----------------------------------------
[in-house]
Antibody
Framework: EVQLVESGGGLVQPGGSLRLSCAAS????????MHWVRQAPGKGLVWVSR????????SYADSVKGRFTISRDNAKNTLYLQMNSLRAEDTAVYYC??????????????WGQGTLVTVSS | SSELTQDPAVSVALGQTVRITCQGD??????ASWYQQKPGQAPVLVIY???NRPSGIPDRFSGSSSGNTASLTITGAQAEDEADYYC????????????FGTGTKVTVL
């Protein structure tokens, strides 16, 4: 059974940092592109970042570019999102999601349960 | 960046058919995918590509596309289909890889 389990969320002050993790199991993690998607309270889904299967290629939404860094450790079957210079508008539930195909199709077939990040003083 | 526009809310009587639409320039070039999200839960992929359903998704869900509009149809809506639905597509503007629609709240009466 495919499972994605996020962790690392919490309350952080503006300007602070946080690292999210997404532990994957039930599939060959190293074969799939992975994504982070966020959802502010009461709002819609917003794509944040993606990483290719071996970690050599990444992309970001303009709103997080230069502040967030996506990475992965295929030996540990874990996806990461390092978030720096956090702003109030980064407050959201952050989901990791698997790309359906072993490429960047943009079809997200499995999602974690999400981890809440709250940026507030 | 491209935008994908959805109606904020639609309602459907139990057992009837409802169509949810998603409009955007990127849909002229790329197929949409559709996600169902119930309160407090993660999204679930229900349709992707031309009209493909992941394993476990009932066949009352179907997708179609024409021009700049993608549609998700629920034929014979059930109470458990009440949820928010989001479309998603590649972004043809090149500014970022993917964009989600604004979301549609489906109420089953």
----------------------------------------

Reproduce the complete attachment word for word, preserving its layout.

[in-house]
Antibody
Framework: EVQLVESGGGLVQPGGSLRLSCAAS????????MHWVRQAPGKGLVWVSR????????SYADSVKGRFTISRDNAKNTLYLQMNSLRAEDTAVYYC??????????????WGQGTLVTVSS | SSELTQDPAVSVALGQTVRITCQGD??????ASWYQQKPGQAPVLVIY???NRPSGIPDRFSGSSSGNTASLTITGAQAEDEADYYC????????????FGTGTKVTVL
């Protein structure tokens, strides 16, 4: 059974940092592109970042570019999102999601349960 | 960046058919995918590509596309289909890889 389990969320002050993790199991993690998607309270889904299967290629939404860094450790079957210079508008539930195909199709077939990040003083 | 526009809310009587639409320039070039999200839960992929359903998704869900509009149809809506639905597509503007629609709240009466 495919499972994605996020962790690392919490309350952080503006300007602070946080690292999210997404532990994957039930599939060959190293074969799939992975994504982070966020959802502010009461709002819609917003794509944040993606990483290719071996970690050599990444992309970001303009709103997080230069502040967030996506990475992965295929030996540990874990996806990461390092978030720096956090702003109030980064407050959201952050989901990791698997790309359906072993490429960047943009079809997200499995999602974690999400981890809440709250940026507030 | 491209935008994908959805109606904020639609309602459907139990057992009837409802169509949810998603409009955007990127849909002229790329197929949409559709996600169902119930309160407090993660999204679930229900349709992707031309009209493909992941394993476990009932066949009352179907997708179609024409021009700049993608549609998700629920034929014979059930109470458990009440949820928010989001479309998603590649972004043809090149500014970022993917964009989600604004979301549609489906109420089953």